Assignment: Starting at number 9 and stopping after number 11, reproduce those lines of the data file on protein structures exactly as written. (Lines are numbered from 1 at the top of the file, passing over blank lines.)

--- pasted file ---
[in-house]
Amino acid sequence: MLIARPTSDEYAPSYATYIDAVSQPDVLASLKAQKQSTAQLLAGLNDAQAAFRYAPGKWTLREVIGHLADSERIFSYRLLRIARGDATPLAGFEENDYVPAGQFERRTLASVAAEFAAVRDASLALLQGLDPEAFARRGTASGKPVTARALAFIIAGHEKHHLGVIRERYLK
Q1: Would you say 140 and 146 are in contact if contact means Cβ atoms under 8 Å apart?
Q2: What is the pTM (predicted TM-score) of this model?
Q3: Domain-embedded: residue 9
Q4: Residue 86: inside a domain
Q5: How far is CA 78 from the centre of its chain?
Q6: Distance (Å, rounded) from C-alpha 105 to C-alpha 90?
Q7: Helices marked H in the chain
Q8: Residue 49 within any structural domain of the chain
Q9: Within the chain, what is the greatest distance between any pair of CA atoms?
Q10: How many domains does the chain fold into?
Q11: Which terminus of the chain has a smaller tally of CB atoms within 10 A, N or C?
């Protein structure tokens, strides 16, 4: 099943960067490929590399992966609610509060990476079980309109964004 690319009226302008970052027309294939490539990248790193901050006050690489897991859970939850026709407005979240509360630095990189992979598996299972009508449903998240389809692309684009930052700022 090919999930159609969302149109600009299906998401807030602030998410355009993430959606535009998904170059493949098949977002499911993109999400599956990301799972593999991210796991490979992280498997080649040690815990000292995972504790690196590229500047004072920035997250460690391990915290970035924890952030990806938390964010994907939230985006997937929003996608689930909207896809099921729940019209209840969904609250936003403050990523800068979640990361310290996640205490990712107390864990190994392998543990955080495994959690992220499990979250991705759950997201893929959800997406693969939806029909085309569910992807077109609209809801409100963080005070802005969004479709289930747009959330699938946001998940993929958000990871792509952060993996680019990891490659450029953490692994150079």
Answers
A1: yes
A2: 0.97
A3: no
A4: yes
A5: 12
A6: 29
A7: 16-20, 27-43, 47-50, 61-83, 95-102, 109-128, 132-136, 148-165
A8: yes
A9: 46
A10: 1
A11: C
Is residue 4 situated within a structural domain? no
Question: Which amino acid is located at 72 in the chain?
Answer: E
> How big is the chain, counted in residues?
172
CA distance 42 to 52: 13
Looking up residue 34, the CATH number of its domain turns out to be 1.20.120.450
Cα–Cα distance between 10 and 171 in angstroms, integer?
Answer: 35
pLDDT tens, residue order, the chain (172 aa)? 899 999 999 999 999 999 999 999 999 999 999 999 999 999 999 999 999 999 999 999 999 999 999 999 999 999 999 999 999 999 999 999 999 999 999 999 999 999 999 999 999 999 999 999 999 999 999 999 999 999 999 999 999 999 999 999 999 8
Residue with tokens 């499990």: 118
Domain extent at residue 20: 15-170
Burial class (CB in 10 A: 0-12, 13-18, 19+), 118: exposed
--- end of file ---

Q7: Helices marked H in the chain
Q8: Residue 49 within any structural domain of the chain
Q9: Within the chain, what is the greatest distance between any pair of CA atoms?